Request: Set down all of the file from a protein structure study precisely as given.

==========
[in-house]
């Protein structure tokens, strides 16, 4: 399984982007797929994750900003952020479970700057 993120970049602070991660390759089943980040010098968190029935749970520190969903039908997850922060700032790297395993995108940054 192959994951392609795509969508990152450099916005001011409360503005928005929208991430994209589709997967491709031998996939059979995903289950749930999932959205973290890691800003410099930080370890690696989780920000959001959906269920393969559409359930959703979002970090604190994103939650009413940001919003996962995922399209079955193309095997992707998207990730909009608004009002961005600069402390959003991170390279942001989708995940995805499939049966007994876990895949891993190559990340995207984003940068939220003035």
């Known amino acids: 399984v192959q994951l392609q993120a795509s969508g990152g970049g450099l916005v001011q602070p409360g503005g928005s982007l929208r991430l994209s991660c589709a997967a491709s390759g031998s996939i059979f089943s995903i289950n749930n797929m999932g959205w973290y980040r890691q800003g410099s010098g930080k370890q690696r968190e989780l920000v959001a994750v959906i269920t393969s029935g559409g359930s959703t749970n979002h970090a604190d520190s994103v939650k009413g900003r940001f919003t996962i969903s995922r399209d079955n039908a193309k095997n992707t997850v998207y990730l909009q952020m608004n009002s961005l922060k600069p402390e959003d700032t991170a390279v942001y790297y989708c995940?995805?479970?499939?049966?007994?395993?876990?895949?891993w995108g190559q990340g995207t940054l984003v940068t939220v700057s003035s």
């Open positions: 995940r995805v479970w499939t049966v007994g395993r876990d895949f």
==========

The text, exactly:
[in-house]
């Protein structure tokens, strides 16, 4: 399984982007797929994750900003952020479970700057 993120970049602070991660390759089943980040010098968190029935749970520190969903039908997850922060700032790297395993995108940054 192959994951392609795509969508990152450099916005001011409360503005928005929208991430994209589709997967491709031998996939059979995903289950749930999932959205973290890691800003410099930080370890690696989780920000959001959906269920393969559409359930959703979002970090604190994103939650009413940001919003996962995922399209079955193309095997992707998207990730909009608004009002961005600069402390959003991170390279942001989708995940995805499939049966007994876990895949891993190559990340995207984003940068939220003035």
């Known amino acids: 399984v192959q994951l392609q993120a795509s969508g990152g970049g450099l916005v001011q602070p409360g503005g928005s982007l929208r991430l994209s991660c589709a997967a491709s390759g031998s996939i059979f089943s995903i289950n749930n797929m999932g959205w973290y980040r890691q800003g410099s010098g930080k370890q690696r968190e989780l920000v959001a994750v959906i269920t393969s029935g559409g359930s959703t749970n979002h970090a604190d520190s994103v939650k009413g900003r940001f919003t996962i969903s995922r399209d079955n039908a193309k095997n992707t997850v998207y990730l909009q952020m608004n009002s961005l922060k600069p402390e959003d700032t991170a390279v942001y790297y989708c995940?995805?479970?499939?049966?007994?395993?876990?895949?891993w995108g190559q990340g995207t940054l984003v940068t939220v700057s003035s």
């Open positions: 995940r995805v479970w499939t049966v007994g395993r876990d895949f």